HomeEquity enlists Peter Mansbridge for branded content series

The former CBC anchor helps sort out the fact and fiction of reverse mortgages.
Mansbridge

The reverse mortgage market has been heating up as older Canadians are increasingly choosing to age in place, and HomeEquity Bank – a leader in the space with more than $5 billion in reverse mortgages under management – has launched a new miniseries featuring former journalist Peter Mansbridge to educate people about them.

The series, titled “Peter Mansbridge, In Conversation,” features four interviews on the topic of reverse mortgages with Steve Ranson, HomeEquity’s president and CEO, as well as Yvonne Ziomecki, the company’s EVP of marketing and CMO.

There are four episodes in total, covering the facts and fictions of reverse mortgages, the concept of aging in place, the options people have in retirement (including reverse mortgages) and alternatives to the reverse mortgage. They were created by Zulu Alpha Kilo and produced by its sister agency, Zulubot, and are airing across HomeEquity’s digital and social channels.

“Reverse mortgages are growing quickly in Canada and information is just starting to become mainstream about them,” explains Ziomecki. “There are a lot of misconceptions surrounding reverse mortgages. This conversational series leverages Peter Mansbridge, who helps filter out the truth that many retirees are searching for in an unbiased way.”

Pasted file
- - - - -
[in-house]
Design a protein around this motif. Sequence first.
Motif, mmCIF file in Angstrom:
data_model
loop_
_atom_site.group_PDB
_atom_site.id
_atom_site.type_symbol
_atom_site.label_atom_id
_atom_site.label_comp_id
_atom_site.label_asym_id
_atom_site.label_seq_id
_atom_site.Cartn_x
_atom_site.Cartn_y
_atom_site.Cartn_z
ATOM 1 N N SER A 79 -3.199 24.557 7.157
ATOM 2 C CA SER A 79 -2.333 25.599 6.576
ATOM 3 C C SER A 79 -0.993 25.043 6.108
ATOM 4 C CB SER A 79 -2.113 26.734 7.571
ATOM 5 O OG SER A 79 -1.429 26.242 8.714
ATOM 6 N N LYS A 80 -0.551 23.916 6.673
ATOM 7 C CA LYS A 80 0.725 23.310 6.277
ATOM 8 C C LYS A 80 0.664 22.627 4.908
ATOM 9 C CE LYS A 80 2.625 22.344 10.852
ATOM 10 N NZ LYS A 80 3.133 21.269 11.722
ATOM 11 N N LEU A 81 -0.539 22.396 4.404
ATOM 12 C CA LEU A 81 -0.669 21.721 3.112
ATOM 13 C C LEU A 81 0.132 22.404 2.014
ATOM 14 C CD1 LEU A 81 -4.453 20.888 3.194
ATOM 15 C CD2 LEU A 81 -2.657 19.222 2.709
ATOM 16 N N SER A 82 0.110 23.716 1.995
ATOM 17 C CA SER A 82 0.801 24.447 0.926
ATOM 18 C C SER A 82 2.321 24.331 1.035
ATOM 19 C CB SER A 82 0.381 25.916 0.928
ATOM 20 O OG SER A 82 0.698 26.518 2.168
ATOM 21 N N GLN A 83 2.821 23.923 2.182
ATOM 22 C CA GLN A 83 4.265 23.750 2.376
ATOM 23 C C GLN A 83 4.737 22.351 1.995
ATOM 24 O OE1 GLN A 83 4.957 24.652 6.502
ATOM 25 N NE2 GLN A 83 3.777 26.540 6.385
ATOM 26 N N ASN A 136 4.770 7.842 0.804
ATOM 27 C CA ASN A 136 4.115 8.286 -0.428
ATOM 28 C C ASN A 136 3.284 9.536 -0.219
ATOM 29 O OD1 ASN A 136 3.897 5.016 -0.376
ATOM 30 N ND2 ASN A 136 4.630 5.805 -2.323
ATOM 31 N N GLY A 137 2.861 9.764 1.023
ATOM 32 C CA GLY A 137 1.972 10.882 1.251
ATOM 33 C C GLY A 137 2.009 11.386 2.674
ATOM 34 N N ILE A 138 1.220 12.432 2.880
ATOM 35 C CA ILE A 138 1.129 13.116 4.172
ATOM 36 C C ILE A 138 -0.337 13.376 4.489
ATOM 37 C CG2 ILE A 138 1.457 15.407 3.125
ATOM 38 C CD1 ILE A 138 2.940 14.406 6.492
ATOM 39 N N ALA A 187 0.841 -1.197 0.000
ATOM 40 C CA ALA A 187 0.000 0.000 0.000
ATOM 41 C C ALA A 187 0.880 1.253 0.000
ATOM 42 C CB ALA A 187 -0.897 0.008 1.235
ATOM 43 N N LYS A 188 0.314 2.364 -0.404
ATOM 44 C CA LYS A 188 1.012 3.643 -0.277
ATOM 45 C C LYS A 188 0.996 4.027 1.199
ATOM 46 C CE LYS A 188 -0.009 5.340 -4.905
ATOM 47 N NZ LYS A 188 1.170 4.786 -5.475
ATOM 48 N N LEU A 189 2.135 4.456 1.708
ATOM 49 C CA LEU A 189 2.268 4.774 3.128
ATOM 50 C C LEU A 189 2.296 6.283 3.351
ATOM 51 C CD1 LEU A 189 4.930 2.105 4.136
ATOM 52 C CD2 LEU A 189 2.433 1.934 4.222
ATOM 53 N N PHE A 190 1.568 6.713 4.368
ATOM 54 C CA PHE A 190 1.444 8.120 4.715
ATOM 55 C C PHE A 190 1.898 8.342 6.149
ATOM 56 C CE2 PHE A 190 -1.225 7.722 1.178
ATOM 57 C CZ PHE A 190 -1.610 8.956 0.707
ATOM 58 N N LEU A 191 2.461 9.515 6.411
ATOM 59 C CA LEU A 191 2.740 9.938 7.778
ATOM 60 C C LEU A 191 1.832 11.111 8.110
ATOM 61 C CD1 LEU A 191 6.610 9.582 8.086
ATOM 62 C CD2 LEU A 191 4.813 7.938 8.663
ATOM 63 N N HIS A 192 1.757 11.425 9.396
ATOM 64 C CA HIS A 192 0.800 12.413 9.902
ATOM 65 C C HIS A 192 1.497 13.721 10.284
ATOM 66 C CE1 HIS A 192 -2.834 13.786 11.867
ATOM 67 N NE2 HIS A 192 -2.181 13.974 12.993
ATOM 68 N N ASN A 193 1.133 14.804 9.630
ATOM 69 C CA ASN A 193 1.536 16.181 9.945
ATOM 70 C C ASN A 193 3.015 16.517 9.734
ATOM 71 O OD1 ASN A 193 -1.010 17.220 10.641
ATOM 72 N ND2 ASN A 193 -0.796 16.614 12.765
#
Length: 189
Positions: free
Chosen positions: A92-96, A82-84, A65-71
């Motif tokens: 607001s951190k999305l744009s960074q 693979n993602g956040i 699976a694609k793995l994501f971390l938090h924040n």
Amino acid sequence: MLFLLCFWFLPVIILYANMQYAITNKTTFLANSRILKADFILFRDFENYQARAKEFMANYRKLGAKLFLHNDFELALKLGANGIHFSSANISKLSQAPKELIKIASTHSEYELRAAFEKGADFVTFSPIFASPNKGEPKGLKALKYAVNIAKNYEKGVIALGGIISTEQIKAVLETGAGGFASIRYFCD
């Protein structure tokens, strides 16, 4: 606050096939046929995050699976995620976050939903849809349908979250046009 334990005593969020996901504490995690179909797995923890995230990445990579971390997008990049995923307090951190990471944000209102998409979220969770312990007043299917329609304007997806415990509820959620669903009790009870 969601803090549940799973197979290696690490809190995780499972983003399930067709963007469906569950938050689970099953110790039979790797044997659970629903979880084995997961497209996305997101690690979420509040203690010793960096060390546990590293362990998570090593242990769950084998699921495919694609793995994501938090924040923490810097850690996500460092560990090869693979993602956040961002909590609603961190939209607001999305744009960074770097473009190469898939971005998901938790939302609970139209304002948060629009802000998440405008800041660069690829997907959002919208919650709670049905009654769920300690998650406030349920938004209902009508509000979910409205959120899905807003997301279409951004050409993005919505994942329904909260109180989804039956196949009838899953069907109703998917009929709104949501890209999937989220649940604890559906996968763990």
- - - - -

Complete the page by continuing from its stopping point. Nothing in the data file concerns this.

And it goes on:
While the institution could have taken a more traditional advertising approach, as it did early last year with a series of spots that championed retirees who desired to stay in their homes rather than sell and downsize, this year it opted to take a different tack in order to give itself “an opportunity to show the truth behind the CHIP Reverse Mortgage product,” she says.

The series builds on earlier work from HomeEquity. In 2020, the bank – also working with Zulu – released a series of videos called “Catch the Scam” that featured former conman Frank Abagnale and educated its audience – primarily older Canadians – on how to avoid confidence schemes.

“In both instances, HEB actioned its brand purpose and provided support and education to potential customers,” says Ziomecki.

“It’s one thing when a brand makes a claim, but it’s another when a former chief correspondent and anchor of CBC’s The National is willing to ask the tough questions and show the facts through his unbiased journalist approach,” she adds. “The reverse mortgage market is still relatively young, but it is growing quickly and now is the time to ensure people are informed to make the right decisions for their retirement.”